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U of M becomes Canada’s first age-friendly university

May 2, 2016 — 

David T. Barnard, president and vice-chancellor, announced on May 2 that the university has joined the international Age-Friendly University Network. The initiative began in 2012 at Dublin City University (DCU) in Ireland with the development of 10 principles to guide higher education institutions in addressing the needs of older adults.

“Our institutional mandate to increase accessibility and be an open resource for the community has driven the development of research projects, programs, and policies that respond to the needs of Manitoba’s aging population,” Barnard said at the university’s Centre on Aging 33rd Annual Spring Research Symposium.

The Age-Friendly University Network builds on the World Health Organization’s Age-Friendly Communities Initiative launched in 2006 to encourage communities to shape physical and social environments to support people of all ages, especially older citizens.

Professor Brian MacCraith, president of DCU, commented on the U of M joining the network:

“An aging demographic is a global phenomena and it offers a unique once in a generation opportunity to those who are willing to creatively engage and reframe some of our contemporary understanding. A properly functioning international network of innovative, higher education institutions in dialogue and collaboration is a necessary first step. Welcoming the University of Manitoba, as the inaugural Canadian member of the AFU (Age-Friendly University Network), witnesses to this vision becoming a reality and we are delighted to welcome a university of this standing and prestige to our growing membership acknowledging the expertise and passion they will bring to this venture.”

He added, “In keeping with this vision, I was particularly pleased to note that an organization with as broad a membership base as the Association for Gerontology in Higher Education (AGHE) had recently given their board’s endorsement to the ten principles document, which forms the foundation for this growing global network. These are indeed exciting times.”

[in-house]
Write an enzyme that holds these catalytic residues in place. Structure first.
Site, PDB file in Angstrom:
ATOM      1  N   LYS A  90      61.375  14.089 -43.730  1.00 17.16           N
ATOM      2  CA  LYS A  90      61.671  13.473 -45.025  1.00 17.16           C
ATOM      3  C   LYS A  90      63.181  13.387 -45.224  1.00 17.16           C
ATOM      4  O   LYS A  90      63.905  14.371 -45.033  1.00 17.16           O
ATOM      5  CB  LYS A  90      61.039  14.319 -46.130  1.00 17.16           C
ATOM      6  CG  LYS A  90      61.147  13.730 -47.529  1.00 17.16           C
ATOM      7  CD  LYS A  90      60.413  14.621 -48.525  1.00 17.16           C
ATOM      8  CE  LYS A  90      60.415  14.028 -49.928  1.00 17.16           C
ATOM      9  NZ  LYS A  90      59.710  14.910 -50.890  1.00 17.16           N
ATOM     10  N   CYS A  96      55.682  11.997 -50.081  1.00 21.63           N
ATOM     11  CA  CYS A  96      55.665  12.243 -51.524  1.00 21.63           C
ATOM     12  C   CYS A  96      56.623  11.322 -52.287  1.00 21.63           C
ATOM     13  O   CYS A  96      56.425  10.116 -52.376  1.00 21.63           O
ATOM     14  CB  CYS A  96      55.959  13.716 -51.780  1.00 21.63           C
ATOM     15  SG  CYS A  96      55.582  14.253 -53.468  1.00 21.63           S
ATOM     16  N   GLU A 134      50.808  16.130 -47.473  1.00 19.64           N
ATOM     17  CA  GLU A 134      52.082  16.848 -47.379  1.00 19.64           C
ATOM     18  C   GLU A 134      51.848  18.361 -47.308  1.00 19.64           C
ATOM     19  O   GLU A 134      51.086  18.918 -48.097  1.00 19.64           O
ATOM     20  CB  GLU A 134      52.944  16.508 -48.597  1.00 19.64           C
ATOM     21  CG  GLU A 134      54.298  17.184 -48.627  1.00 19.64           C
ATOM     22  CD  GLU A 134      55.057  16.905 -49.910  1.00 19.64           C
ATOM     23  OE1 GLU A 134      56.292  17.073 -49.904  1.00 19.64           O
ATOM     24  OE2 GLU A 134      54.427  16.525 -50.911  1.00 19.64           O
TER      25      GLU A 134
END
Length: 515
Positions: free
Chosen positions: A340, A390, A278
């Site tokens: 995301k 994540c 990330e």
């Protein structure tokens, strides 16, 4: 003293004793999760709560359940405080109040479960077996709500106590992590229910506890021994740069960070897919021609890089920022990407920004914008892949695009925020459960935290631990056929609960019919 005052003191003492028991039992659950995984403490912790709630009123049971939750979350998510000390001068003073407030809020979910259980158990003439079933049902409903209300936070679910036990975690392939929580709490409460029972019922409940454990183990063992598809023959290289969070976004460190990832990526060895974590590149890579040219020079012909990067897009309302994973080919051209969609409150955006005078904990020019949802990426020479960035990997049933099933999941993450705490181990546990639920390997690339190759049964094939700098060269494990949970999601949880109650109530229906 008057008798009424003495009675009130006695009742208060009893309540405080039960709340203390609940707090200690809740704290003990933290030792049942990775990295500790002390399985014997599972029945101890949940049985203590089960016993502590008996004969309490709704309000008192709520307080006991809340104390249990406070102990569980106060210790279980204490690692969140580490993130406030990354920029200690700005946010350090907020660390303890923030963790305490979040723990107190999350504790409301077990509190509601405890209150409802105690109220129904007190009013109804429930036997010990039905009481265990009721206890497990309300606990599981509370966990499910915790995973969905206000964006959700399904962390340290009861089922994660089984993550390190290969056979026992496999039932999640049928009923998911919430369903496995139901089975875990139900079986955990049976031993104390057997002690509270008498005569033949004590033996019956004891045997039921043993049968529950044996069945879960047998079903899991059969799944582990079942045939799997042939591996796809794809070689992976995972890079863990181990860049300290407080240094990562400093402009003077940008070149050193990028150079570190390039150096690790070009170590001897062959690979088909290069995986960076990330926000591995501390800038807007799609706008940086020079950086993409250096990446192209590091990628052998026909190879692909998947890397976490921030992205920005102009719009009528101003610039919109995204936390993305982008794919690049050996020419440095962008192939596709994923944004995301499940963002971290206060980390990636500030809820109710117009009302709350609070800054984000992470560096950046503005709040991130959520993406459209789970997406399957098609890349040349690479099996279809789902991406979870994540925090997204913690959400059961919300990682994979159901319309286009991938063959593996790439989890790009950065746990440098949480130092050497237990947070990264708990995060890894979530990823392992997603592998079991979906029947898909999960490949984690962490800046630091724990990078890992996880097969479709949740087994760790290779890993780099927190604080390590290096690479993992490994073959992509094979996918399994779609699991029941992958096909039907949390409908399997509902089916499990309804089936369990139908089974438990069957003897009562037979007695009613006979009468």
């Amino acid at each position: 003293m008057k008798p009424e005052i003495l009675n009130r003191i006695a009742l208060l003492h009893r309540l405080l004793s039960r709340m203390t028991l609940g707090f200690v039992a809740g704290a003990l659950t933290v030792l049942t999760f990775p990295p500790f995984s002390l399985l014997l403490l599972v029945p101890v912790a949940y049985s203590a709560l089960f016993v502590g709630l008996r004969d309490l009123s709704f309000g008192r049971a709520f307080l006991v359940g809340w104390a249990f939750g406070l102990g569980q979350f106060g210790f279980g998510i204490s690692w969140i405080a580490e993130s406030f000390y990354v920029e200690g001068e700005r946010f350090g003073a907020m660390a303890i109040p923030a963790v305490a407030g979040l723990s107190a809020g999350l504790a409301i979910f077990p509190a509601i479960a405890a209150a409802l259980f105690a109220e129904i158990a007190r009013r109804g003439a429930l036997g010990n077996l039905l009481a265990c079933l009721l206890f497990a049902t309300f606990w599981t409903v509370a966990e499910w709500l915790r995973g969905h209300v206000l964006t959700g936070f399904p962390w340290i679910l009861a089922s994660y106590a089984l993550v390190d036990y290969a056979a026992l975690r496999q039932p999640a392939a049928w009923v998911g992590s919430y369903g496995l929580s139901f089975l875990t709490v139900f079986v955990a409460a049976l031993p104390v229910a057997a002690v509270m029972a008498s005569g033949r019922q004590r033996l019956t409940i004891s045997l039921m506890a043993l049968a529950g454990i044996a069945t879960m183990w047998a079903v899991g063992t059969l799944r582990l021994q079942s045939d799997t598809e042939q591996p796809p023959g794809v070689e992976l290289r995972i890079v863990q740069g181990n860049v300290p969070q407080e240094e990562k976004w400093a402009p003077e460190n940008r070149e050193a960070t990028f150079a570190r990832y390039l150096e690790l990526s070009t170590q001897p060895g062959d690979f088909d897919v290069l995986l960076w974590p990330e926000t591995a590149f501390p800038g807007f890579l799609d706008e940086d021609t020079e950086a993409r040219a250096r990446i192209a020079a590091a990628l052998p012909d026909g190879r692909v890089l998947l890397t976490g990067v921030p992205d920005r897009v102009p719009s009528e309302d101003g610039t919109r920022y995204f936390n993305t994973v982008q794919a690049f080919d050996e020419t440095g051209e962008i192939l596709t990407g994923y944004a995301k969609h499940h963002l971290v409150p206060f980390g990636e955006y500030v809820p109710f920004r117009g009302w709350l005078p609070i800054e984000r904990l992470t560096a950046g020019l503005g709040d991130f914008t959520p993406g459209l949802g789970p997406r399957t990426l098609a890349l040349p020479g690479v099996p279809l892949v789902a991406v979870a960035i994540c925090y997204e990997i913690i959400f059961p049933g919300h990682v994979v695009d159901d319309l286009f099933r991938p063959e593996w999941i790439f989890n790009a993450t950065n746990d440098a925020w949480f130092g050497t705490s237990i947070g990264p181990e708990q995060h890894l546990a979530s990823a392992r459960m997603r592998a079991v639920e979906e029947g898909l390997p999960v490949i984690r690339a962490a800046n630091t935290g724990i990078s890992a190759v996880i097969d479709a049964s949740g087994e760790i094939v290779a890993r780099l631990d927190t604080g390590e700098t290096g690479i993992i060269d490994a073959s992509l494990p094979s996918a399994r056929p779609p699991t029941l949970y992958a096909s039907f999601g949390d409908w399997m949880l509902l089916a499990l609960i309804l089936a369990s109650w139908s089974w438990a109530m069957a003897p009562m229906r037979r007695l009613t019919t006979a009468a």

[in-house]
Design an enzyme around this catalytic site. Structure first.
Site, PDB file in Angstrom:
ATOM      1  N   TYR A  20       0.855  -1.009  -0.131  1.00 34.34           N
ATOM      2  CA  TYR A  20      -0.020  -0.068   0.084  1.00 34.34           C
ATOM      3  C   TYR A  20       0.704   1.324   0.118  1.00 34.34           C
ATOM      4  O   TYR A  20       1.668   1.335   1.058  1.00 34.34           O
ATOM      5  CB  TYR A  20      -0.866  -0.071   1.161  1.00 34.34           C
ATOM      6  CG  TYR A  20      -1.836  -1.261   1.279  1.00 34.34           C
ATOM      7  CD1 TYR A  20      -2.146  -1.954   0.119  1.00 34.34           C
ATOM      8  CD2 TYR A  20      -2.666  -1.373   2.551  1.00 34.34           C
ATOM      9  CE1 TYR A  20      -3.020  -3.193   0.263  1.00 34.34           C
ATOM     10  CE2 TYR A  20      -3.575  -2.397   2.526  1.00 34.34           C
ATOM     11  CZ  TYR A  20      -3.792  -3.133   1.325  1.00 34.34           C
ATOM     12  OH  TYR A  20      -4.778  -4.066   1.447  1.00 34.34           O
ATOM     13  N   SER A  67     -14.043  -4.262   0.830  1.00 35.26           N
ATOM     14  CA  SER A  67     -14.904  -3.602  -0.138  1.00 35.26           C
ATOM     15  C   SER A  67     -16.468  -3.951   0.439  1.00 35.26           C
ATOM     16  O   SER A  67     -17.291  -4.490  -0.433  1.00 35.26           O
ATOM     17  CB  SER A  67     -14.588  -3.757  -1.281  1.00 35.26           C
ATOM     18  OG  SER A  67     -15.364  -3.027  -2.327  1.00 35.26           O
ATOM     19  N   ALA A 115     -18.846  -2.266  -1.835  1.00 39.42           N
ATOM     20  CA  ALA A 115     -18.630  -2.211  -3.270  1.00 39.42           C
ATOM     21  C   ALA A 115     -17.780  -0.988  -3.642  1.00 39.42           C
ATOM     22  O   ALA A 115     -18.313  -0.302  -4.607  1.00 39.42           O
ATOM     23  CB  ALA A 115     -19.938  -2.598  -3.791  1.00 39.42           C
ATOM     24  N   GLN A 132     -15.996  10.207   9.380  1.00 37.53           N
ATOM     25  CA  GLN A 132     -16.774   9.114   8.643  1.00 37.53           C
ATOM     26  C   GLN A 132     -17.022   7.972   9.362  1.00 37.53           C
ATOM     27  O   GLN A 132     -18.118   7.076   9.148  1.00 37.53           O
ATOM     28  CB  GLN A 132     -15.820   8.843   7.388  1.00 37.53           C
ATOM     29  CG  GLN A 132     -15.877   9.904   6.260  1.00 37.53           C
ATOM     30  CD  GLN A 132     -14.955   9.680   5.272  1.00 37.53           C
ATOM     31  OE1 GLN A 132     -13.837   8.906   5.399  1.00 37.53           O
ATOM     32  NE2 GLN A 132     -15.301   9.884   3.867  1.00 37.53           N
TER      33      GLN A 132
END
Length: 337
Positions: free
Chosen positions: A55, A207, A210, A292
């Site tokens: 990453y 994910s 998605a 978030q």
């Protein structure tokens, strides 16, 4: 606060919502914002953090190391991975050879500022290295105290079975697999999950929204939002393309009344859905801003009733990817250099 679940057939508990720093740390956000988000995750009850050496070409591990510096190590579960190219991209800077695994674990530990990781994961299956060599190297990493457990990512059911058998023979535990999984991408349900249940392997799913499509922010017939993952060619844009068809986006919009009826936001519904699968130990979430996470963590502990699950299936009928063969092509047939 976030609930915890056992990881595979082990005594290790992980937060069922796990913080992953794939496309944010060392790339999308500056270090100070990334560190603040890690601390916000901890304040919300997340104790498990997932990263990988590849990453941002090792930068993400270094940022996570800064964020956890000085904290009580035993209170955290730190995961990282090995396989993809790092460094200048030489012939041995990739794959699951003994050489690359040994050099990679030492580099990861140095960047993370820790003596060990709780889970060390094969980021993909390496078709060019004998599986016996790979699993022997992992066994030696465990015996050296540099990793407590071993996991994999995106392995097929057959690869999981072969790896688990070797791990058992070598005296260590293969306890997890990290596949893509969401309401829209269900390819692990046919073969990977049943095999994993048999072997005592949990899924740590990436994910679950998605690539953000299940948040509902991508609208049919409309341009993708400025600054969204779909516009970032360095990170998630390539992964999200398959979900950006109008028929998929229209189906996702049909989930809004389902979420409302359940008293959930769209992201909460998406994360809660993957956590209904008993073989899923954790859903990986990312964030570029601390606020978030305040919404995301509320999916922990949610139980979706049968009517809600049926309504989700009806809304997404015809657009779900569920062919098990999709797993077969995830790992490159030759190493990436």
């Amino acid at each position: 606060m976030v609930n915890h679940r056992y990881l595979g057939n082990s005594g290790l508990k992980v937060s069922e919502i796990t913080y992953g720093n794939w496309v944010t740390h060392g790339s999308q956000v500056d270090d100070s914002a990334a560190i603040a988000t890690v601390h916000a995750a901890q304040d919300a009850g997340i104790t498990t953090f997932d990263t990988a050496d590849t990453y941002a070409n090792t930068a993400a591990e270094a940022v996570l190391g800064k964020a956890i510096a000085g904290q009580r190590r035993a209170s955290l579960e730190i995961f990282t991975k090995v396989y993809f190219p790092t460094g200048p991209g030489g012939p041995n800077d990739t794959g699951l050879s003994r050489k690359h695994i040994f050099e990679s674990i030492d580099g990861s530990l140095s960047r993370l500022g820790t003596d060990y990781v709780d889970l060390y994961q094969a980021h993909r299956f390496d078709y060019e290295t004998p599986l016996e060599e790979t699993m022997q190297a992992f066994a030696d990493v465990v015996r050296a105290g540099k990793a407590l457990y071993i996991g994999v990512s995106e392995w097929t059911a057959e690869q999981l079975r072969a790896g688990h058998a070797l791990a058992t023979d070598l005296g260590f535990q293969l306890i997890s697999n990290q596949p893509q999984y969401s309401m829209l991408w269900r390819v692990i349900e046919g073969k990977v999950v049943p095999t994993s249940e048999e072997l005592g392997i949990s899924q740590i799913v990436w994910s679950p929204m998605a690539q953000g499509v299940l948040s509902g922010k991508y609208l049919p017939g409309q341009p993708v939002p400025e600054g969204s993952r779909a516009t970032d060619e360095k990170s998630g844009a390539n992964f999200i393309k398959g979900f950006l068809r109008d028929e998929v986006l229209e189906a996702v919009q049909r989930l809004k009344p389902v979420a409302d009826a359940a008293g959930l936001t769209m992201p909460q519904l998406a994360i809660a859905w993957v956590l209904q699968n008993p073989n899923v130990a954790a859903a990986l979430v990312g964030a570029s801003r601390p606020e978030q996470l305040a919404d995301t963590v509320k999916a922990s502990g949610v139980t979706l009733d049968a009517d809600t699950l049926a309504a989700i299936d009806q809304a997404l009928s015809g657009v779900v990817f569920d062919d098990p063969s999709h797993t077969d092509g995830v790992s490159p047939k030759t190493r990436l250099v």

The U of M led a five-year Community University Research Alliance project, with funding provided by the Social Sciences and Humanities Research Council, which supported communities across Manitoba in becoming more age-friendly. The commitment to the International Age-Friendly University network is a natural extension of this leadership role.

“My alma mater as an Age-Friendly environment – I am proud to be a part of a University that recognizes all ages including older adults,” said Connie Newman [BSc/69, BEd/70, Med/90], executive director of the Manitoba Association of Senior Centres.

The 10 guiding principles of an age-friendly university are:

  1. To encourage the participation of older adults in all the core activities of the university, including educational and research program
  2. To promote personal and career development in the second half of life and to support those who wish to pursue “second careers”
  3. To recognize the range of educational needs of older adults
  4. To promote intergenerational learning to facilitate the reciprocal sharing of expertise between learners of all ages
  5. To widen access to online educational opportunities for older adults to ensure a diversity of routes to participation
  6. To ensure that the university’s research agenda is informed by the needs of an aging society and to promote public discourse on how higher education can better respond to the varied interests and needs of older adults
  7. To increase the understanding of students of the longevity dividend and the increasing complexity and richness that aging brings to our society
  8. To enhance access for older adults to the university’s range of health and wellness programs and its arts and cultural activities
  9. To engage actively with the university’s own retired community
  10. To ensure regular dialogue with organizations representing the interests of the aging population

Research at the University of Manitoba is partially supported by funding from the Government of Canada Research Support Fund.

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